This is the 19th year for Unsilent Night in New York, where it all started in 1992.

It’s an amazing experience in which every participant is responsible for part of the music by carrying a boombox or other speaker-equipped music playback gadget to sent Kline’s ethereal composition through the cold night air.

There’s nothing specifically religious or sectarian about the music or the event, but it generates a warm, holiday spirit for most participants.

Be sure to arrive early and bring your own boom box. Dress warmly and prepare to have a great time!

You’ll save time and be better prepared if you bring your own CD or MP3 file to play on whatever system you’re using. Click here to download your part. CDs will also be available at the start.

Here’s  this year’s instructions, direct from the Unsilent Night website:

On December 18 at 7:00pm, Phil Kline will lead a massive chorus of boomboxes from the West Village to the East Village in the 19th annual holiday presentation of Unsilent Night. People will gather in Washington Square Park, and less than an hour and mile later, end up in Tompkins Square Park.

In NYC, it is recommended that participants arrive by 6:45 pm at the arch in Washington Square. 
Phil Kline will hand out a limited number of boomboxes—and cassettes and CD’s for those who bring their own players. The public is strongly encouraged to bring their own boomboxes and hold them high as they play the music. Mp3 downloads of the individual tracks will be available on this website after November 27, so pod-docks and other sound-blasters can be carried . People have even brought their laptops hooked up to large speakers mounted on a wagon.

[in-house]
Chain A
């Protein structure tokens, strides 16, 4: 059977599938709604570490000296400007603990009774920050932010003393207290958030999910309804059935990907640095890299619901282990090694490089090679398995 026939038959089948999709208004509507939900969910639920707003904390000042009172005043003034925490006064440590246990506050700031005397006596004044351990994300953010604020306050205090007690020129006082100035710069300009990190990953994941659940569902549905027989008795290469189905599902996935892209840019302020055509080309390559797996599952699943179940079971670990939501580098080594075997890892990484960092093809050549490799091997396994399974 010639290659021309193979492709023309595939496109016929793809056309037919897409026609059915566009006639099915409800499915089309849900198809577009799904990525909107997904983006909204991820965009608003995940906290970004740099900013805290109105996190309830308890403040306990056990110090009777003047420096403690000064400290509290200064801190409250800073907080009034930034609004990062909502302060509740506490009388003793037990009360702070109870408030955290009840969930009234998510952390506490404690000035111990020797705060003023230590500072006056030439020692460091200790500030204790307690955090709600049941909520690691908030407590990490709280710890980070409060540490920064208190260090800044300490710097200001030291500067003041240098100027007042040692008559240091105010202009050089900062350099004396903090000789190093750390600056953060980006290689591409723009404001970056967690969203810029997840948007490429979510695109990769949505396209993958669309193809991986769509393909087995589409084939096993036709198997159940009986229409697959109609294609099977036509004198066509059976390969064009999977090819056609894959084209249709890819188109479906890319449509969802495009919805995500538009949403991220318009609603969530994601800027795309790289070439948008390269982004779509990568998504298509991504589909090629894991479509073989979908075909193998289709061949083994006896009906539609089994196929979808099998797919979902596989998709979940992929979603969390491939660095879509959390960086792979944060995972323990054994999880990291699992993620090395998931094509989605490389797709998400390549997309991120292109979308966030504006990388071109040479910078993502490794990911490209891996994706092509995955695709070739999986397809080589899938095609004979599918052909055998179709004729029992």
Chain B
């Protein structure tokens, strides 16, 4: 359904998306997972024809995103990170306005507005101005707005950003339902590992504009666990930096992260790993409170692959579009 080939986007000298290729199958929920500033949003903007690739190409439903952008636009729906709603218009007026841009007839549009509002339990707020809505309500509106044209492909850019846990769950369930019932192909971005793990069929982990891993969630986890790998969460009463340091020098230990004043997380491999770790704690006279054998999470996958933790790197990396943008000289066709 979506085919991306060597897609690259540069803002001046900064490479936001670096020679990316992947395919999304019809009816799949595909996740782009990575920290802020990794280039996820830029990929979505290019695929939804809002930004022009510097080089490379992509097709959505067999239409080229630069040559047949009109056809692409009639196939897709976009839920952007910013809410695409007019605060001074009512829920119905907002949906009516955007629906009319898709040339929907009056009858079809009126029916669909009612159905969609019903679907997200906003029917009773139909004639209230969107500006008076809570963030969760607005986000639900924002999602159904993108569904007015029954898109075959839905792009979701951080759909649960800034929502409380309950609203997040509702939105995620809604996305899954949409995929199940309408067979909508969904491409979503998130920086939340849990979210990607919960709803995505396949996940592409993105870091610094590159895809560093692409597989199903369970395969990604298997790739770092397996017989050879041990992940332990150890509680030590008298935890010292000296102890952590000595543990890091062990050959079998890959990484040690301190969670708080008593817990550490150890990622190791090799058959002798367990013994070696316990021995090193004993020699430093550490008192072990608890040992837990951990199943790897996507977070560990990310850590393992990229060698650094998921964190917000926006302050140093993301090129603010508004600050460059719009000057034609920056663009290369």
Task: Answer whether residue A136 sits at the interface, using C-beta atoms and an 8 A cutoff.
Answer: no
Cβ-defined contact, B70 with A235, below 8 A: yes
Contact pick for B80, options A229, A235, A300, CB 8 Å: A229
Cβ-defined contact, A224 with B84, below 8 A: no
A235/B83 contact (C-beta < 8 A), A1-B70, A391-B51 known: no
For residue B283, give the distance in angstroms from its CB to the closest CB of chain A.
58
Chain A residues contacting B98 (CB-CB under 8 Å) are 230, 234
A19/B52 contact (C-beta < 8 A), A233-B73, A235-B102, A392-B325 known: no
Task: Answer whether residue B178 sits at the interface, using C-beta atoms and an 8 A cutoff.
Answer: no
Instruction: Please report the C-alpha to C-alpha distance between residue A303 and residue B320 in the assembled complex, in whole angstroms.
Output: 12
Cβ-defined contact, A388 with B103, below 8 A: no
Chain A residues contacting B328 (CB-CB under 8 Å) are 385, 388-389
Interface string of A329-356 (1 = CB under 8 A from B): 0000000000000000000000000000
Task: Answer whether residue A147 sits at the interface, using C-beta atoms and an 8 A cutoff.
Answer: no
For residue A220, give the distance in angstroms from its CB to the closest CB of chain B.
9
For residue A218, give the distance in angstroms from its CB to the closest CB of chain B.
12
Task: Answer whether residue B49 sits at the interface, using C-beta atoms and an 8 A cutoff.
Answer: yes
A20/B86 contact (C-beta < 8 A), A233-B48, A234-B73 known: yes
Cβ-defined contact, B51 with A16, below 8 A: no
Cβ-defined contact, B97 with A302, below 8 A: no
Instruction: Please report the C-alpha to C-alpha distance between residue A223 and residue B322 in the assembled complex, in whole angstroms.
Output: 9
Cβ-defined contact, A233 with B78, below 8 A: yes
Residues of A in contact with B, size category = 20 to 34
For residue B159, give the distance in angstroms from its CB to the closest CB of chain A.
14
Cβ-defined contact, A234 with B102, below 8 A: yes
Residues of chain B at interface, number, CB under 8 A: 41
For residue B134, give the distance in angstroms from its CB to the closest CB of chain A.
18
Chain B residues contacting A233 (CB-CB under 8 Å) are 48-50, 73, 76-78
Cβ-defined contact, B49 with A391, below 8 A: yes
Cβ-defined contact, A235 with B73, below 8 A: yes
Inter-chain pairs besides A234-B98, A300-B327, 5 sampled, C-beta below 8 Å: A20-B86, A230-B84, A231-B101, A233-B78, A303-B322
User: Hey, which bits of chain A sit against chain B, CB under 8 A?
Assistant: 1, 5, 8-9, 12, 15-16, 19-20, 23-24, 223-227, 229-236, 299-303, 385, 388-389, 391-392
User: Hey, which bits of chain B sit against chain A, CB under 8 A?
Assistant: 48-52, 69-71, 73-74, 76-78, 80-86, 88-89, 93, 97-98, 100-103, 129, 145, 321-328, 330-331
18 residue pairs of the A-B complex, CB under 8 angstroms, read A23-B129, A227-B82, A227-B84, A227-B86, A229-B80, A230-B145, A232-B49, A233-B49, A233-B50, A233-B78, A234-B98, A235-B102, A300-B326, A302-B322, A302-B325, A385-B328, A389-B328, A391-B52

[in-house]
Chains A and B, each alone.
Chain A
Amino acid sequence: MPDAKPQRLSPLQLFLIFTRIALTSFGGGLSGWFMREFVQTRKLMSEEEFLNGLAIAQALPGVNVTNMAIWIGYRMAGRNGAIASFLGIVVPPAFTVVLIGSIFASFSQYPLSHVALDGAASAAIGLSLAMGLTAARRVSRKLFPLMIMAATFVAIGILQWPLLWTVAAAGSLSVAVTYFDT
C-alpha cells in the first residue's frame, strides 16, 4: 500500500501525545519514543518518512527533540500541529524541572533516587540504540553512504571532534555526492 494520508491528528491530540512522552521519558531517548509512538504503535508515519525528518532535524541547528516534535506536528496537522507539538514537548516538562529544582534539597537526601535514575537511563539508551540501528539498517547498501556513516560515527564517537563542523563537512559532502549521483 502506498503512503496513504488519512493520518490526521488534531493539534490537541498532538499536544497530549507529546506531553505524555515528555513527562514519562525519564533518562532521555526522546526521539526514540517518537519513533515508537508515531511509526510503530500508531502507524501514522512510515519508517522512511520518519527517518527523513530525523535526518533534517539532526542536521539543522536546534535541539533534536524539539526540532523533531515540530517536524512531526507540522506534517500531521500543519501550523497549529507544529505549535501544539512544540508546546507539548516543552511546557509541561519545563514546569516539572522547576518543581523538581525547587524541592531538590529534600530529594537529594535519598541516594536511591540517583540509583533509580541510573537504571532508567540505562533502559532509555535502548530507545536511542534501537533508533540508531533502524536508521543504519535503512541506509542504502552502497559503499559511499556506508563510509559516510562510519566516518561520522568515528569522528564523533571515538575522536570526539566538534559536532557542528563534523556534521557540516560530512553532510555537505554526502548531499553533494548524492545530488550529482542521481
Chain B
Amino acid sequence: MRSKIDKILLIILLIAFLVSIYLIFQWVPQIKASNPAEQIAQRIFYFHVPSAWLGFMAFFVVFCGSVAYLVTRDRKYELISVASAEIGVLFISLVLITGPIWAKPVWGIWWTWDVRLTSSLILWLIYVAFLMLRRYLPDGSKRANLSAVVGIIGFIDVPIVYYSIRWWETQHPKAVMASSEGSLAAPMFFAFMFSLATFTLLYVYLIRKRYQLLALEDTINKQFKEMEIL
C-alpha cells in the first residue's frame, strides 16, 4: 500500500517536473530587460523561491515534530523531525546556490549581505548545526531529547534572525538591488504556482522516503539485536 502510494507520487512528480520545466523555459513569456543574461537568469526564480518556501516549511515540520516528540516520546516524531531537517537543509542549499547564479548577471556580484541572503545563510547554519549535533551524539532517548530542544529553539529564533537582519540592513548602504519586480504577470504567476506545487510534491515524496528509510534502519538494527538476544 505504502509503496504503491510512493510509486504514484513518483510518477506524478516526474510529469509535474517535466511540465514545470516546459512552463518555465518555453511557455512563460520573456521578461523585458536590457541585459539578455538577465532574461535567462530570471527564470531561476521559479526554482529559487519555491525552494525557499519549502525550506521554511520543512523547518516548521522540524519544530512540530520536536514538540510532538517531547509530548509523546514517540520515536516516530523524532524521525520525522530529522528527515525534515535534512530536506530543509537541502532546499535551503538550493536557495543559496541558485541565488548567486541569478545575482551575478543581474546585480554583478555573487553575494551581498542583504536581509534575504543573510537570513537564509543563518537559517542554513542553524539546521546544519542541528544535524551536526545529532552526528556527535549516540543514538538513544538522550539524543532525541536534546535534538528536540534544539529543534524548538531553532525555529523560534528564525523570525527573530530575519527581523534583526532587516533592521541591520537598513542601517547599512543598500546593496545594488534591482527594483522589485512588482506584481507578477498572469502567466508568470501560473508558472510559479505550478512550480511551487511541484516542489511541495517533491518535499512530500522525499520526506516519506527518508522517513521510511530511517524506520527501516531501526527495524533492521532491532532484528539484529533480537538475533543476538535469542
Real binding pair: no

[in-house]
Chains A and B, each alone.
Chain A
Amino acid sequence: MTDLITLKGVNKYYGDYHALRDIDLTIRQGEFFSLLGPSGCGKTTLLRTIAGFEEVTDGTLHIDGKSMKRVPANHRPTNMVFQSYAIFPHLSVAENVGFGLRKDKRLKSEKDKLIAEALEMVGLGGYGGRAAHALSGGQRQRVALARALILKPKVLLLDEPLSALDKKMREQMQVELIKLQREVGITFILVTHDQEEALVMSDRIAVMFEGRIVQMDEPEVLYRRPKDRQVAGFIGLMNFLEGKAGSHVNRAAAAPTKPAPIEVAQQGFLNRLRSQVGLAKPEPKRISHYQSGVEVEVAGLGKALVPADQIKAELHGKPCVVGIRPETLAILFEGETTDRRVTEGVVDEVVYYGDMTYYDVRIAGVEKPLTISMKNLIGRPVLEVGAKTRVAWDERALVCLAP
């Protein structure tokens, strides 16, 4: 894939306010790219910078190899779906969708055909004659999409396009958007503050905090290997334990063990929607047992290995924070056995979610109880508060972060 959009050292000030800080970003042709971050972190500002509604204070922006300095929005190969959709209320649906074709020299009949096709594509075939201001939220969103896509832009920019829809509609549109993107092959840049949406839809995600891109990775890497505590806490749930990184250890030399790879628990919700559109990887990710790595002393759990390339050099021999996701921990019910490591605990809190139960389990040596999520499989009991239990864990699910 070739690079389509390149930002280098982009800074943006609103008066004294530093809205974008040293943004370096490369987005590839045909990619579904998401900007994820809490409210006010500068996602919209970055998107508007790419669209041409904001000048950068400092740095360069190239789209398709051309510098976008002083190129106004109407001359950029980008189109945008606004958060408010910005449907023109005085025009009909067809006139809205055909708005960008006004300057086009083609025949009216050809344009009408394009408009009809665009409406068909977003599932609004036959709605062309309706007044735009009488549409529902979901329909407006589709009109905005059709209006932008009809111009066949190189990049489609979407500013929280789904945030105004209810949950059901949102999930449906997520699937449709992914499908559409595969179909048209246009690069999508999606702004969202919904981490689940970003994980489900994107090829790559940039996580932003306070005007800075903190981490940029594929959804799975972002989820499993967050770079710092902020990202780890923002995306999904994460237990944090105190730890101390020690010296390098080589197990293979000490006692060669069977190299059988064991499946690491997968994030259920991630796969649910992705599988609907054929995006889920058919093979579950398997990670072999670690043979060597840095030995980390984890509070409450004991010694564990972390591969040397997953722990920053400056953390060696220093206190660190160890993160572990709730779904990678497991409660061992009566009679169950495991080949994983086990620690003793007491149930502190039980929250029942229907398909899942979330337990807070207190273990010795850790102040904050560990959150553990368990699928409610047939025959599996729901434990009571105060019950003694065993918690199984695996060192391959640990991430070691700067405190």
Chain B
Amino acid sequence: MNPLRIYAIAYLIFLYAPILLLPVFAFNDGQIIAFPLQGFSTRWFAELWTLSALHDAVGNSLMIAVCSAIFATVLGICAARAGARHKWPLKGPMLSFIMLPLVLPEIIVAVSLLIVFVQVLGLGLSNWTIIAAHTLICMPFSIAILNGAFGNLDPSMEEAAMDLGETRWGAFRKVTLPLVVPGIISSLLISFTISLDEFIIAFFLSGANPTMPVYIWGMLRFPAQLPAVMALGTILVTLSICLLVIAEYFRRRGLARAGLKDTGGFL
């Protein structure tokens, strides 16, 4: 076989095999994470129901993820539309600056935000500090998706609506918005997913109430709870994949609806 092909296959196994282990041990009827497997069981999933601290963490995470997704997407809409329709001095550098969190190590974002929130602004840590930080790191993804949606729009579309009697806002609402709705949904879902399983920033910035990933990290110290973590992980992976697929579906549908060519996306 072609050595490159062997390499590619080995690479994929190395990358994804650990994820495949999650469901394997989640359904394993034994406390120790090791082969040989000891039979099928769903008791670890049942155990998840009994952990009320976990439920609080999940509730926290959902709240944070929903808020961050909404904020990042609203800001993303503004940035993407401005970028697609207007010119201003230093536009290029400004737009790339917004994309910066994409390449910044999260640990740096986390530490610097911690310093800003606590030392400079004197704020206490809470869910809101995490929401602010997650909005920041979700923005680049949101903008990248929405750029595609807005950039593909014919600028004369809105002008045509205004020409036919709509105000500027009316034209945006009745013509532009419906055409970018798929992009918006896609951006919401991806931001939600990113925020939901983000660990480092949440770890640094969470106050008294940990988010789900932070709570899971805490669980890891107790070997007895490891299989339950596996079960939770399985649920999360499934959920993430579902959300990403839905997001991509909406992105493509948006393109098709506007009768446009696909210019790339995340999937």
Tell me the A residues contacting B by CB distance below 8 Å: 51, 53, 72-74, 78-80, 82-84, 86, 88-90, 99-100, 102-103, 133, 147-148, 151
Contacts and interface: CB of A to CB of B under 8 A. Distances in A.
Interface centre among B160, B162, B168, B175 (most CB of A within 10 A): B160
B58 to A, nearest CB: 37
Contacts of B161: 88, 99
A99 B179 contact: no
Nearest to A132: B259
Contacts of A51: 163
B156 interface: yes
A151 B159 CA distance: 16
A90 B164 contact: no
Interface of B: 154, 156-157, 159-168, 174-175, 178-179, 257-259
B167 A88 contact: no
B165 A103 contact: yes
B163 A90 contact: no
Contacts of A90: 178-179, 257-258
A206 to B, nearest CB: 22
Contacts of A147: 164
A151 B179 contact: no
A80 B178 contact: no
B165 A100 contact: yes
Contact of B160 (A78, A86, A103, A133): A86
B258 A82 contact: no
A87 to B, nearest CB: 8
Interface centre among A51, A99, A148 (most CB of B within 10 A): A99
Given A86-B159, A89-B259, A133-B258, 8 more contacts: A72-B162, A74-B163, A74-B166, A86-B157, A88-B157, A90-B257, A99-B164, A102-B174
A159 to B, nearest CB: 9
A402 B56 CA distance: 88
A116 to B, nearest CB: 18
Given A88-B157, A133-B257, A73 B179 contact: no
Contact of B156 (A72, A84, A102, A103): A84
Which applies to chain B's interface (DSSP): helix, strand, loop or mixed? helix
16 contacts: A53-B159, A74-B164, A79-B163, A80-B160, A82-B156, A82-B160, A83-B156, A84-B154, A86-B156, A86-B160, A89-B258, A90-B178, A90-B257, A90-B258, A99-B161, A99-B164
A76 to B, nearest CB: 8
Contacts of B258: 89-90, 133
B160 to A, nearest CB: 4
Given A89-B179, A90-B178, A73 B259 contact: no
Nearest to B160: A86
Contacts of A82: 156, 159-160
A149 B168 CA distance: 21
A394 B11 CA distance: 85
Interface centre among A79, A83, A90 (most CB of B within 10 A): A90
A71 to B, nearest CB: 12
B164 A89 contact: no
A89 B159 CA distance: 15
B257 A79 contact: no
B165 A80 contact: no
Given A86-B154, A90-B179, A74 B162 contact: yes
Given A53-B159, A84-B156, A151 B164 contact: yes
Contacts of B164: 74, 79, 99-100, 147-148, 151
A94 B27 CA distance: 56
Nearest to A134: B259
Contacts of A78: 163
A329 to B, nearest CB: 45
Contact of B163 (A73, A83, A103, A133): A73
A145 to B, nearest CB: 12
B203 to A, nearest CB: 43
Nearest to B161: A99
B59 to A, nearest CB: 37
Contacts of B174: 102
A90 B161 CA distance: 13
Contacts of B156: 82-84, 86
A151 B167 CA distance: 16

“Unsilent Night was designed in 1992 to withstand the unreliability, playback delay and occasional quavering tones of cassettes, “ said Phil Kline in an interview with the San Francisco Examiner. “About 90 percent of people have CD players now, so I make CDs available as well, but there’s something about the twinkling, hallucinatory effect of a warbling cassette tape that I enjoy.”

The event is free, and will be held rain or shine.

Participants can e-mail unsilentnight@gmail.com for information.

The growing list of U.S. cities presenting Unsilent Night this year:
Asheville, Baltimore, Boulder, Charleston, SC, Charleston, WV, Chicago, Dallas, Los Angeles, New Haven, New York, Philadelphia, Salt Lake City, Traverse City and beyond the U.S.:
Hong Kong, Oxford, UK | Cambridge, Ontario | Vancouver, BC | Fredericton, NB.

More cities to come!